Thursday, March 31, 2016

Everyone Loves A Winner

Last night I attended the Sacramento River Cats and San Francisco Giants game at Raley Field in Sacramento. It was considered a historic game because it was the first time the Giants played in Sacramento.
Raley Field holds about 14,000. I think there was more than 14,000 in the place.
Walking through the concourse was like walking through a maze. Constant changing of direction as to avoid bumping into someone.
The lines for food and beer were ridiculously long. I haven't seen a crowd this big since the first year the River Cats came to town. Needless to say, I didn't eat or drink anything.
I've been to Raley Field when Major League teams came to play, and the crowds were manageable. Everyone was comfortable and has plenty of space.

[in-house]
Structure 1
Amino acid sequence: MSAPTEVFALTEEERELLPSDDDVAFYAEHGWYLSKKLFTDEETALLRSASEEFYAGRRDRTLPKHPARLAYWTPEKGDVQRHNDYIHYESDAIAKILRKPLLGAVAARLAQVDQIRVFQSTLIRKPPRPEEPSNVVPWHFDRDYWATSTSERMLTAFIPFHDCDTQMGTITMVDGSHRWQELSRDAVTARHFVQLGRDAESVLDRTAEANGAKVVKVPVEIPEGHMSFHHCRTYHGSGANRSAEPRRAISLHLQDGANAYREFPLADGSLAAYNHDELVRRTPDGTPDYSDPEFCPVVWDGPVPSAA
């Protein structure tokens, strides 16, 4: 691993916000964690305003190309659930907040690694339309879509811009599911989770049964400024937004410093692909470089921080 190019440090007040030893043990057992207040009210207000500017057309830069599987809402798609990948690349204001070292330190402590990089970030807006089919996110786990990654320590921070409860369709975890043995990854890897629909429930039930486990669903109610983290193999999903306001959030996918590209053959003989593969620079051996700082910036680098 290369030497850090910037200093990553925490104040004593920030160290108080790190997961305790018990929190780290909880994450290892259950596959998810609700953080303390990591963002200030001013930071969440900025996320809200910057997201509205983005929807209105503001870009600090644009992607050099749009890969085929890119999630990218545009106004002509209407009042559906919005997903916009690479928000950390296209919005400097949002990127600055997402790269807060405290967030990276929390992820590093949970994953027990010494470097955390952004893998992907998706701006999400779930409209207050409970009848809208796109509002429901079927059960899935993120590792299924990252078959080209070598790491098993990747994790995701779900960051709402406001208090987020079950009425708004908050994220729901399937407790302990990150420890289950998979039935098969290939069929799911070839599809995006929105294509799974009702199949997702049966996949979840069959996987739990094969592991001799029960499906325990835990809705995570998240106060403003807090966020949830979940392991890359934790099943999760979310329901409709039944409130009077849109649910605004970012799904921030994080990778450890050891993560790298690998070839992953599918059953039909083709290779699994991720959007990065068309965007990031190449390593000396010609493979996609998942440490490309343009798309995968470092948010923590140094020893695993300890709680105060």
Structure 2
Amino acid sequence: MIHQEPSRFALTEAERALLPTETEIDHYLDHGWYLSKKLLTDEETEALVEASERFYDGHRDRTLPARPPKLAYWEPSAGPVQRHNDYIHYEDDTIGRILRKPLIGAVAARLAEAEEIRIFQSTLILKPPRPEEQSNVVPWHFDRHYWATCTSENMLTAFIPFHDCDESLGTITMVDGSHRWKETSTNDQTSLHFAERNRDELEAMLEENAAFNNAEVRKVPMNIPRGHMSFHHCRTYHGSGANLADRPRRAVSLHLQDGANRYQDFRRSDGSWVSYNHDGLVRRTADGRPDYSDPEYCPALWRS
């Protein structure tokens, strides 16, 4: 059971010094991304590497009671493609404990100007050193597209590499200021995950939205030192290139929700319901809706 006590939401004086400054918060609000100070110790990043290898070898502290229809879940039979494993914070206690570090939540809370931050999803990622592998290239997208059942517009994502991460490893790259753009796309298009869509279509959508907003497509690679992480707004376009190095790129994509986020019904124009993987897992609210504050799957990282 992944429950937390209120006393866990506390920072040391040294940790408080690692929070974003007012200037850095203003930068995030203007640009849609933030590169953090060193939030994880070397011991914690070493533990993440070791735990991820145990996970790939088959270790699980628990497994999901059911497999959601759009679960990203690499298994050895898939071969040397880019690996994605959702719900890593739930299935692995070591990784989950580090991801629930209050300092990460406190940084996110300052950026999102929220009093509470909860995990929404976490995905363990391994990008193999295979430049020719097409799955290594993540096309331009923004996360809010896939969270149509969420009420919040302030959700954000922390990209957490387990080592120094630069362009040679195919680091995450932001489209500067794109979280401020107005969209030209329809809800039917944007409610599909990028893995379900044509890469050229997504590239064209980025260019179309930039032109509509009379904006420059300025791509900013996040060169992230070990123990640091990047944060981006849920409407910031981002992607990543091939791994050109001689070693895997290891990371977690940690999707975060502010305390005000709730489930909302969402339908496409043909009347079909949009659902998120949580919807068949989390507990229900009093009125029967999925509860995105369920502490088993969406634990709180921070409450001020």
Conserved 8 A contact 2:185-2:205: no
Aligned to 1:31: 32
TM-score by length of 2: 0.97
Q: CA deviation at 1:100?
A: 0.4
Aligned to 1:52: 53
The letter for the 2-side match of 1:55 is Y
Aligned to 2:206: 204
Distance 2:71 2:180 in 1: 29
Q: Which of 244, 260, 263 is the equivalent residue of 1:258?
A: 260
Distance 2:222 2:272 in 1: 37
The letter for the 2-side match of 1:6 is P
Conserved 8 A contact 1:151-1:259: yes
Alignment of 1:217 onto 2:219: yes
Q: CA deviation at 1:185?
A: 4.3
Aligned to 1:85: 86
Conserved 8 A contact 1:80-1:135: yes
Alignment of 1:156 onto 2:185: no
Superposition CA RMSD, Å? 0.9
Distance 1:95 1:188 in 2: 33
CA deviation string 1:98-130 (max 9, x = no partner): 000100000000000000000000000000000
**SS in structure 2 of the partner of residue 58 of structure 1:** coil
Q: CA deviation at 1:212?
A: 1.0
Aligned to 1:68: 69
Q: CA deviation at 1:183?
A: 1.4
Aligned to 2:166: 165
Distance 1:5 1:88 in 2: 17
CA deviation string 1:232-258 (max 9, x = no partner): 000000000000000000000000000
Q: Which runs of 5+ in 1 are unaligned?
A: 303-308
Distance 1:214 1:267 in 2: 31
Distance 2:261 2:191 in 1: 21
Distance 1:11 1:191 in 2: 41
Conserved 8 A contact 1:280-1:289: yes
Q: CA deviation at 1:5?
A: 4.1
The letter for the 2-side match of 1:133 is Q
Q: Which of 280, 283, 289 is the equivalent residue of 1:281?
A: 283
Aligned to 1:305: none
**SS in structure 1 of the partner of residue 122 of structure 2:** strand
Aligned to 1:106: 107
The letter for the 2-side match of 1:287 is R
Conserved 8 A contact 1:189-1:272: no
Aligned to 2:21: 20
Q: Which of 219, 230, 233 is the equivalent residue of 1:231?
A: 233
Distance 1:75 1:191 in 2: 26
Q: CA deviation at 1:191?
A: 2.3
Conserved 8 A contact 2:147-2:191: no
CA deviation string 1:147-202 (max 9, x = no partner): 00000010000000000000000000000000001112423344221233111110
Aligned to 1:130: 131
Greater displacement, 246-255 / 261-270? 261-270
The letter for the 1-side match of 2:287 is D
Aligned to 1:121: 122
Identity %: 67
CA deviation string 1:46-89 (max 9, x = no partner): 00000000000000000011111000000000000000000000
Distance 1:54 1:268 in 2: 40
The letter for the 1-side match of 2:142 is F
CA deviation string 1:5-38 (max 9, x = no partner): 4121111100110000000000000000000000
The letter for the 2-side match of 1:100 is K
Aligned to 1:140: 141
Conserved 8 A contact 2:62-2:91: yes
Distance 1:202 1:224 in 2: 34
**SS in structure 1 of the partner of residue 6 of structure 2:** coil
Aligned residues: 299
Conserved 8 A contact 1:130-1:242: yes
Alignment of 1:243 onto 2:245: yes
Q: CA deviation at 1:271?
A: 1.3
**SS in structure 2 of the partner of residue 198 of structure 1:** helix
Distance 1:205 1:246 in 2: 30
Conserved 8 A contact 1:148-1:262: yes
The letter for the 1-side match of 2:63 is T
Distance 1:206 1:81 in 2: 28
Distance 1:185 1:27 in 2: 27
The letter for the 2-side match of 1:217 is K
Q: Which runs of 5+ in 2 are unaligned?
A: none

Yesterday was a disaster. It turned into an AT&T Bandwagon Fan party. No one sat down to watch the game. It was everyone up and down, standing in the aisles, blocking the view.
It got me to thinking about how different crowds can be when your winning.
When a team is losing, the park is half empty and very quiet. Tickets can be had dirt cheap.
But when a team is winning, look out for your wallet! Everything goes up in price. Food, tickets, parking, souvenirs and beer! It's good old supply and demand.
Let me give you an example.
I was a partial season ticket holder for the Golden State Warriors in 2001-2. The Warriors were AWFUL!! No one came to the games. I used to sit in the lower bowl of Oracle Arena a few rows from the basket for $30. You can't park there now for $30. No one wore Warriors gear. No one watched on TV or listened on the radio. Basically, no one cared. Dubs Nation in 2001-2? Didn't exist.